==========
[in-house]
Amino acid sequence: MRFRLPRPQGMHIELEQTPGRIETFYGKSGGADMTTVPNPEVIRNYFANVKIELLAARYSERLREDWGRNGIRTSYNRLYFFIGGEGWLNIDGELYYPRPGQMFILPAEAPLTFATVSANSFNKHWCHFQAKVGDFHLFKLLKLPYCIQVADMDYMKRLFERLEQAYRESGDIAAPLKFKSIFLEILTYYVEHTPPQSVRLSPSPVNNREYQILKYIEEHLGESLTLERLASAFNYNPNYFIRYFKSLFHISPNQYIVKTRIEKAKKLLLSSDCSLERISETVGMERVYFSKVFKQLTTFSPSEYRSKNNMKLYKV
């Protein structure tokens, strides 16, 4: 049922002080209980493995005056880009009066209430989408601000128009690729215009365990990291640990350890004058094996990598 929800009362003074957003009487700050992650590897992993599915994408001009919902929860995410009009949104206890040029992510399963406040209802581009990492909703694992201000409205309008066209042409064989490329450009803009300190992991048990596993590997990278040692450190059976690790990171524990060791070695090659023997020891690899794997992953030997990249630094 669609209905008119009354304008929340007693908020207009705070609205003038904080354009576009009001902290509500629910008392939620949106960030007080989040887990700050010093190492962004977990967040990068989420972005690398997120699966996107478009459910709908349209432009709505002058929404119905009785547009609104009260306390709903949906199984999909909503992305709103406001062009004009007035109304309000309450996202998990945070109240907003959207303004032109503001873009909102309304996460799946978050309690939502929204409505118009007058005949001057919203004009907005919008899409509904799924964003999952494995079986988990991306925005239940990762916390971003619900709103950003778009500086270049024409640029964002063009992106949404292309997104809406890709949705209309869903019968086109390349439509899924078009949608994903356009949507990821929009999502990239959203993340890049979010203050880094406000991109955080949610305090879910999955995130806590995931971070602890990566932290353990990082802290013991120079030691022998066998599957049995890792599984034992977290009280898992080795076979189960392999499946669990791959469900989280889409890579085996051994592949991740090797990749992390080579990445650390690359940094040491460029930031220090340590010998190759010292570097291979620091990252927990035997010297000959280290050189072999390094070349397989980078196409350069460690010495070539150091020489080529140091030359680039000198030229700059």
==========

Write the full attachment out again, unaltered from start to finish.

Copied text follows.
[in-house]
Amino acid sequence: MRFRLPRPQGMHIELEQTPGRIETFYGKSGGADMTTVPNPEVIRNYFANVKIELLAARYSERLREDWGRNGIRTSYNRLYFFIGGEGWLNIDGELYYPRPGQMFILPAEAPLTFATVSANSFNKHWCHFQAKVGDFHLFKLLKLPYCIQVADMDYMKRLFERLEQAYRESGDIAAPLKFKSIFLEILTYYVEHTPPQSVRLSPSPVNNREYQILKYIEEHLGESLTLERLASAFNYNPNYFIRYFKSLFHISPNQYIVKTRIEKAKKLLLSSDCSLERISETVGMERVYFSKVFKQLTTFSPSEYRSKNNMKLYKV
């Protein structure tokens, strides 16, 4: 049922002080209980493995005056880009009066209430989408601000128009690729215009365990990291640990350890004058094996990598 929800009362003074957003009487700050992650590897992993599915994408001009919902929860995410009009949104206890040029992510399963406040209802581009990492909703694992201000409205309008066209042409064989490329450009803009300190992991048990596993590997990278040692450190059976690790990171524990060791070695090659023997020891690899794997992953030997990249630094 669609209905008119009354304008929340007693908020207009705070609205003038904080354009576009009001902290509500629910008392939620949106960030007080989040887990700050010093190492962004977990967040990068989420972005690398997120699966996107478009459910709908349209432009709505002058929404119905009785547009609104009260306390709903949906199984999909909503992305709103406001062009004009007035109304309000309450996202998990945070109240907003959207303004032109503001873009909102309304996460799946978050309690939502929204409505118009007058005949001057919203004009907005919008899409509904799924964003999952494995079986988990991306925005239940990762916390971003619900709103950003778009500086270049024409640029964002063009992106949404292309997104809406890709949705209309869903019968086109390349439509899924078009949608994903356009949507990821929009999502990239959203993340890049979010203050880094406000991109955080949610305090879910999955995130806590995931971070602890990566932290353990990082802290013991120079030691022998066998599957049995890792599984034992977290009280898992080795076979189960392999499946669990791959469900989280889409890579085996051994592949991740090797990749992390080579990445650390690359940094040491460029930031220090340590010998190759010292570097291979620091990252927990035997010297000959280290050189072999390094070349397989980078196409350069460690010495070539150091020489080529140091030359680039000198030229700059």